Cecilia Stegö Chilò

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Marie Cecilia Stegö Chilò (Swedish pronunciation: [kɪˈloː]; born 25 March 1959) was the Swedish Minister for Culture for ten days, from 6 to 16 October 2006. Prior to her appointment as a cabinet member she was Chief executive officer of the  [sv], and Director of Timbro, a neoliberal, free-market think-tank. A former journalist and editorialist, she is a member of the Moderate Party. From 2007 she is Chairman of the Advisory Board of the Permanent Platform of Atomium Culture.

Personal life[]

Cecilia Stegö was born in Linköping in Östergötland County. She has studied political science, economics, law and language. Cecilia Stegö Chilò lives with her husband and two children in Bromma in western Stockholm.

Professional life[]

In 1982 she was Secretary General of the European Democrat Students in Bonn and London. From 1982 to 1983 she was Vice chairperson of the Confederation of Swedish Conservative and Liberal Students. She has worked as a reporter at Norrköpings Tidningar from 1982 to 1984, secretary in the Stockholm County Council from 1984 to 1985, press secretary in the Moderate Party's parliamentary group from 1985 to 1987, speech writer for the Moderate Party leadership from 1987 to 1988 and as a reporter and editorial journalist for the newspaper Svenska Dagbladet from 1989 to 1999. From 2001 to 2002 she was a political commentator at Sveriges Radio.

Political career[]

Cecilia Stegö Chilò left the Moderate Party in 1995 in protest after the expulsion of the EU-critic Björn von der Esch - this happened in connection with his being against the EMU and against the vision of a tighter federalism in EU affairs. She rejoined the Moderate Party in 2005. Following the 2006 general election on 17 September 2006 the Moderate Party together with three other parties in the Alliance for Sweden gained a majority of the seats in the parliament and were able to form a coalition government. On 6 October 2006 Stegö Chilò was selected by the newly elected Prime Minister Fredrik Reinfeldt to hold the post of Minister for Culture with responsibility for culture, the media and sports in his cabinet. However, during the period 7 to 16 October 2006, a series of media revelations into the newly appointed minister led to her resignation after ten days in office.[1]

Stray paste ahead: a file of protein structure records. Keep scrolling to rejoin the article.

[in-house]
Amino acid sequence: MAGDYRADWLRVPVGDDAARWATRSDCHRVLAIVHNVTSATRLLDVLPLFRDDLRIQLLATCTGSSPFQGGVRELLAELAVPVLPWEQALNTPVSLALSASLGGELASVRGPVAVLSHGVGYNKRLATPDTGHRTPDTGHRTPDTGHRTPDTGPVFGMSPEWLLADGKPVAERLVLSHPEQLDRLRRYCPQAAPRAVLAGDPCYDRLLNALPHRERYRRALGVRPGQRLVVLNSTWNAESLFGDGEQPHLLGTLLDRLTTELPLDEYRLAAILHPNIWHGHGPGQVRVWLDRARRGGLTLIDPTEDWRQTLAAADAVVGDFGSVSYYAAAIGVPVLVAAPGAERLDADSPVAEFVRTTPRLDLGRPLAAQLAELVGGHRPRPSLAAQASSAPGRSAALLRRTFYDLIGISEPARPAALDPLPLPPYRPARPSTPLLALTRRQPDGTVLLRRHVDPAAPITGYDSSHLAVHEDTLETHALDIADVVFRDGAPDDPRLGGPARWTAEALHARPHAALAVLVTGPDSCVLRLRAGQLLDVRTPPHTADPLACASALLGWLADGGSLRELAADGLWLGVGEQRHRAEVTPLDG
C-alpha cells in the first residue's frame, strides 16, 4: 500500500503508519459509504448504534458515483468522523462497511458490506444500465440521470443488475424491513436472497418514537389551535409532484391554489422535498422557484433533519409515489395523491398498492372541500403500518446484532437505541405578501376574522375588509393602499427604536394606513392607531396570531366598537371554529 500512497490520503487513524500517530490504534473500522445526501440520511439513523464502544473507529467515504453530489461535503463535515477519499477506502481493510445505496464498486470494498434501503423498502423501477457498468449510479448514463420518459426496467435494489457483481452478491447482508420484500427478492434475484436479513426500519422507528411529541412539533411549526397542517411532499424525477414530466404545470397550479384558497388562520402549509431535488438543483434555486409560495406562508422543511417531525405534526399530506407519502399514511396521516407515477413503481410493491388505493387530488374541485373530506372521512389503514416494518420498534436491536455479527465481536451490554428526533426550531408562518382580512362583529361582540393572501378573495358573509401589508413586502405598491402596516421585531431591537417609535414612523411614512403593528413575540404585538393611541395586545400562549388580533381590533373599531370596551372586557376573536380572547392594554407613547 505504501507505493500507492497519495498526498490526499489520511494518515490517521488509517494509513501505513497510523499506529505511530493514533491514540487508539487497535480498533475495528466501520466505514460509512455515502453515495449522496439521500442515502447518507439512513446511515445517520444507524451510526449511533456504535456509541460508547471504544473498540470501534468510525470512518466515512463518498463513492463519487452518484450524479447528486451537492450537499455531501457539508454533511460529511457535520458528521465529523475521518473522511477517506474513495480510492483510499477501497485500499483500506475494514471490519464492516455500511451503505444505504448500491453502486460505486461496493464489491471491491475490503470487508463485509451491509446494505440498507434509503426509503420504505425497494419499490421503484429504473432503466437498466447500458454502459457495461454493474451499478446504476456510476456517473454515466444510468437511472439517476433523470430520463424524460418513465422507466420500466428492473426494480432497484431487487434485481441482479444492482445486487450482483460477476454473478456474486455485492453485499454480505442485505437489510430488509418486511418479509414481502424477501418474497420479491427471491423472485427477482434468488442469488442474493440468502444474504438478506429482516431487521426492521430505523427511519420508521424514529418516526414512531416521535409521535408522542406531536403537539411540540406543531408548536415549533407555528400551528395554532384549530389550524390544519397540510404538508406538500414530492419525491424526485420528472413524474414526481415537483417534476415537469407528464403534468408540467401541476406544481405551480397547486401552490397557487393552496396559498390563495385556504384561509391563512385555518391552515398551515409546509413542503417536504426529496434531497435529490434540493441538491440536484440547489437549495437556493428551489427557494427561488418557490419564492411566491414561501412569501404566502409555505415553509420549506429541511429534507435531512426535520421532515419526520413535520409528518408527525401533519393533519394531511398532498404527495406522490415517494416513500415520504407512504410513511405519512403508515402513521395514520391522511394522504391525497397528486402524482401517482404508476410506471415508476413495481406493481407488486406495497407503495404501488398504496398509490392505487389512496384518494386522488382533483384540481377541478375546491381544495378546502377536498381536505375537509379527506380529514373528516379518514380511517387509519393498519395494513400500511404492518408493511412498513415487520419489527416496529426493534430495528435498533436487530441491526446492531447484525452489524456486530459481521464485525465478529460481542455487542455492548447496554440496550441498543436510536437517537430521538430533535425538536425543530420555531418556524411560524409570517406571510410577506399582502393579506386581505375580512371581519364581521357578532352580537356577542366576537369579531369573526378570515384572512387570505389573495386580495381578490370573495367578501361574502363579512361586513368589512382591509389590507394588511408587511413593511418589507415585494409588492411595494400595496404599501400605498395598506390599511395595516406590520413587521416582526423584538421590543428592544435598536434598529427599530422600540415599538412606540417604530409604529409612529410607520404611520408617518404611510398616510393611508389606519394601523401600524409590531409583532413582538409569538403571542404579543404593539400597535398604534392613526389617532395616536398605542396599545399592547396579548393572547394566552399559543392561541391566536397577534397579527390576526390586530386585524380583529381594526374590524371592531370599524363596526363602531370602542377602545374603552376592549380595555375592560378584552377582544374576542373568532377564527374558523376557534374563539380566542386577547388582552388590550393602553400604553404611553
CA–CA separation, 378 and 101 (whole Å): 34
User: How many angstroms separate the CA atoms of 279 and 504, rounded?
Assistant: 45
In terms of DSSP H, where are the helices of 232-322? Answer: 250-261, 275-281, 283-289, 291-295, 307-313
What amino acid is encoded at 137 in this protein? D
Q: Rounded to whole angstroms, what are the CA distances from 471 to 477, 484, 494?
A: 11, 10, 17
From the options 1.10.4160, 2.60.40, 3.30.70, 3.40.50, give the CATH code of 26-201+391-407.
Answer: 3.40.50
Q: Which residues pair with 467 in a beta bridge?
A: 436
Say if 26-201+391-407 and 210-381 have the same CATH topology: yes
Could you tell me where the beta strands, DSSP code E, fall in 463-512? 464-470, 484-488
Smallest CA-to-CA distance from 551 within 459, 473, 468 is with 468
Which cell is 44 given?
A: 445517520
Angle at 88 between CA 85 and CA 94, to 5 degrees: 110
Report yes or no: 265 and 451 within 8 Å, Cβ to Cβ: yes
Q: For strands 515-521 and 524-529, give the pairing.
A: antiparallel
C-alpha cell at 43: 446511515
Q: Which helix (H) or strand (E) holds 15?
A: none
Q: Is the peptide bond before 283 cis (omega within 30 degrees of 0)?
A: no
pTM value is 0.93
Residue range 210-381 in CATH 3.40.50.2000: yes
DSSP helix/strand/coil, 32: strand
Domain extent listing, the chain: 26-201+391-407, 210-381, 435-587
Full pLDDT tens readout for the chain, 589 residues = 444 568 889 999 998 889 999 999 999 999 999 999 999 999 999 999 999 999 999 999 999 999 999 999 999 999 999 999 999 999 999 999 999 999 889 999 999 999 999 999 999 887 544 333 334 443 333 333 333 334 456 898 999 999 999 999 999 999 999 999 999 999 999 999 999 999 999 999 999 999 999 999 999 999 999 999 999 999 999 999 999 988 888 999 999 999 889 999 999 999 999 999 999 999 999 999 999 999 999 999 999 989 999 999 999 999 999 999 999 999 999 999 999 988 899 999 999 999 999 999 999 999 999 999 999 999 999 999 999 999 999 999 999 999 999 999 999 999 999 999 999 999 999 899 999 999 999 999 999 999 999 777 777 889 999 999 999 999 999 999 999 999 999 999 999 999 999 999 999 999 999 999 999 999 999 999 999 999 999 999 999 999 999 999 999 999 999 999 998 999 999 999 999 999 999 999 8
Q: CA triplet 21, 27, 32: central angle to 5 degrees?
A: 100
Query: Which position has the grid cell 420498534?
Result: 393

Political controversies[]

Nanny controversy[]

On 7 October 2006, the day after the Cabinet of Fredrik Reinfeldt was announced two of the ministers, Cecilia Stegö Chilò and Maria Borelius, admitted that they had previously employed persons to take care of their children without paying the appropriate taxes. Stegö Chilò stated: "It's just as well that I say this right away. If you want to remove me because of that, go ahead." Neither Stegö Chilò or Borelius face any criminal or administrative consequences since the events took place more than five years ago, outside of the statute of limitations.[2]

Television licence controversy[]